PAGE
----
Cleveland Mayor Frank G. Jackson announced today that the City of Cleveland Law Department has filed a challenge to the recently enacted Ohio Revised Code Section 9.49 that prohibits Ohio cities from imposing hiring requirements on contractors for public improvement construction projects.
The city argues that the law enacted by the State impedes the city’s right to home rule and inhibits Cleveland residents from benefiting through public improvement contracts.
Ohio Revised Code (ORC) Section 9.49 is the result of House Bill (HB) 180, which was signed by Governor John R. Kasich on May 31, 2016 and is set to become effective on August 31, 2016. ORC 9.49 restricts Ohio cities from imposing requirements on contractors to employ a certain percentage of individuals from the geographic area of the public authority for the construction of public improvement projects. This legislation voids the City of Cleveland’s Fannie Lewis Law and abolishes a pathway out of poverty for many low-income Cleveland residents.
“For 12 years the City of Cleveland has used the Cleveland Resident Employment Law (Fannie Lewis Law) as an effective tool to both stimulate the local economy and connect Clevelanders to employment,” said Mayor Jackson. “There are billions of dollars of development happening in our city; yet special interests in Columbus are attempting to prohibit our residents from seeing a financial impact from that development.”
“We support the city’s action against the state, seeking to declare ORC 9.49 unconstitutional,” said Councilwoman Phyllis Cleveland. “The Fannie M. Lewis Law, first enacted in 2004, has been successful in creating pathways for Clevelanders into the construction industry.”
The City of Cleveland’s Fannie M. Lewis Law requires that every public improvement construction contract entered into by the City of Cleveland have one or more residents perform 20% of the total construction worker hours and requires that a contractor and any subcontractors use significant effort to ensure that no less than 4% of total construction hours be performed by low-income persons.
The benefits of the law to Cleveland residents are clear. Since 2013, there have been 4,347,581 total construction hours of public improvement projects and of those construction hours, 897,870 were performed by Cleveland residents. This means that Cleveland residents worked a total of 21% of all construction projects financed by the city since 2013. In turn, the requirements have created over $34 million in resident wages.
“The Cleveland Building and Construction Trades Council and its affiliates stand with the City of Cleveland to challenge and defeat HB 180,” said Cleveland Building and Construction Trades Executive Secretary/Business Manager, David J. Wondolowski. “Since its passage the Fannie Lewis Residency Employment Law has helped to increase opportunities for city residents to not only become employed but also to learn a trade and build a career.”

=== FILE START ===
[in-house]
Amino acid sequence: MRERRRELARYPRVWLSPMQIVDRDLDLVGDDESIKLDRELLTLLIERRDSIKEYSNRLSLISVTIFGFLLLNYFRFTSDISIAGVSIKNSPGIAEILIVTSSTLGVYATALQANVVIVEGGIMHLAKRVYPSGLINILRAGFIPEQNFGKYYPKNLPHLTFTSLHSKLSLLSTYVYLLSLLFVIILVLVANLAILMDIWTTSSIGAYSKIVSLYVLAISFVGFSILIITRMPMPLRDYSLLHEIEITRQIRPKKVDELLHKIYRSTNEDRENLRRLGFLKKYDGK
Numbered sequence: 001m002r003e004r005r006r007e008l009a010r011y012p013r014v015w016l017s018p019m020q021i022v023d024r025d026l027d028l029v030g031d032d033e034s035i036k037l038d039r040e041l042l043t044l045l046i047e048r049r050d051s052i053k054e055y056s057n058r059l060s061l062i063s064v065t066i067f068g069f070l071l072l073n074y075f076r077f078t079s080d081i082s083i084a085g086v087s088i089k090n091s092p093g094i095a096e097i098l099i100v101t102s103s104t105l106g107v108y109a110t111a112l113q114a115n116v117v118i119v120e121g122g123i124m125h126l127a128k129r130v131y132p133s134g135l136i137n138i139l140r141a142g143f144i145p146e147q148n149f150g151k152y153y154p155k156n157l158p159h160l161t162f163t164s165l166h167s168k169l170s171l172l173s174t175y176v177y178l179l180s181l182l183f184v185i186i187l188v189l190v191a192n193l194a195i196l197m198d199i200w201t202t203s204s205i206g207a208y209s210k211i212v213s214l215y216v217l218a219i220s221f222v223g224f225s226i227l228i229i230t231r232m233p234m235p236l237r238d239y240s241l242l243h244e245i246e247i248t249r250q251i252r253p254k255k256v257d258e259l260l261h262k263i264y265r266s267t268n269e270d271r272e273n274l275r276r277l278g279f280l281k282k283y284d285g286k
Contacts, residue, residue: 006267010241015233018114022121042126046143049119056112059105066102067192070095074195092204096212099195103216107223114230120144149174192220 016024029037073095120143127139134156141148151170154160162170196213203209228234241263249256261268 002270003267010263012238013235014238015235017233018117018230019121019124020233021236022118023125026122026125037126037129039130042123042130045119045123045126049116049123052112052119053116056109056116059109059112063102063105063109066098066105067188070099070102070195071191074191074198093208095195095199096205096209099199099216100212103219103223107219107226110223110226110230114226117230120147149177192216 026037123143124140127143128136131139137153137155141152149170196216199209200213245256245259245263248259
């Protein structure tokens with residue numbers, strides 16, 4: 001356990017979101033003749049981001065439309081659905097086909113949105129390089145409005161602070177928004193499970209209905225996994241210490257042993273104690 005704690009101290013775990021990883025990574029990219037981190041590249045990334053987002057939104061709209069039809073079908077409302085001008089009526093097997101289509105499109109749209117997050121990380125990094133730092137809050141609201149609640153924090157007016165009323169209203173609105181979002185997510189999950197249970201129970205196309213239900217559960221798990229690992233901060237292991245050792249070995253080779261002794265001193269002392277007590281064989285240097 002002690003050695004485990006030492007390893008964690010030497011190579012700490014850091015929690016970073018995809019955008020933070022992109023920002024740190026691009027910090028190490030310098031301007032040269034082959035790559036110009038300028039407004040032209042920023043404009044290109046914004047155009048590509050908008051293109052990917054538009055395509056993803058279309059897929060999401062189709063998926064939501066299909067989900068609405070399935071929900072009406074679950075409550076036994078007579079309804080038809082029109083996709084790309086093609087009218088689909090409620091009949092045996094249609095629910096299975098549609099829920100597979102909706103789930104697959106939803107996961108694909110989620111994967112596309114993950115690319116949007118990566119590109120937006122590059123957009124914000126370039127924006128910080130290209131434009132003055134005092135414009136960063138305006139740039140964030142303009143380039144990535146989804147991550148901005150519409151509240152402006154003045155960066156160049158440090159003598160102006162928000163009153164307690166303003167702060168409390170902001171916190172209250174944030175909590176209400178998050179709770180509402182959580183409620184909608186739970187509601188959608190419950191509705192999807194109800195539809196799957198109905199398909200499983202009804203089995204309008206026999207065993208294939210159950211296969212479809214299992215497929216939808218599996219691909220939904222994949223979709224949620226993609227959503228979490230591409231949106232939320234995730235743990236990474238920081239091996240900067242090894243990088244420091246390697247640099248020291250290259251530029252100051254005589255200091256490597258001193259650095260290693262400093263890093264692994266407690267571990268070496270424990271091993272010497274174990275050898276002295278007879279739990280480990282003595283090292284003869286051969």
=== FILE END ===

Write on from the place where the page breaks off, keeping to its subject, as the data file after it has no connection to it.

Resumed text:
“The Construction Employers Association supports the City of Cleveland's Fannie M. Lewis Resident Employment Law, which helps the construction industry recruit a diverse, Cleveland- based workforce for local projects,” said Construction Employers Association CEO, Tim Linville. “The law was first enacted in consultation with the construction industry, and the industry has been involved in its evolution ever since. Private business groups and institutions have recognized the importance of the Fannie M. Lewis Law as well. In recent years, a public- private diversity effort including the City of Cleveland, the Greater Cleveland Partnership, Cleveland schools and several community-based organizations, has incorporated the Fannie Lewis Law as one of its central components.”
“Hard Hatted Women (HHW) Ohio supports the Fannie M. Lewis Resident Construction Employment Law,” said Chairwoman of the Cleveland Residential Advisory Committee and President of the Board of HHW Ohio, Terri Burgess Sandu. “In keeping with the dedication that Councilwoman Lewis brought to her many years of service, this law has improved the lives of city residents, and fostered unprecedented collaboration among elected officials, civic, employer and labor leaders and community- based organizations. This collaboration places the City of Cleveland in a place of leadership nationally through its use of the law as a springboard for innovative action.”
The City of Cleveland is seeking a declaratory judgment, temporary restraining order, and injunction in the Cuyahoga County Court of Common Pleas.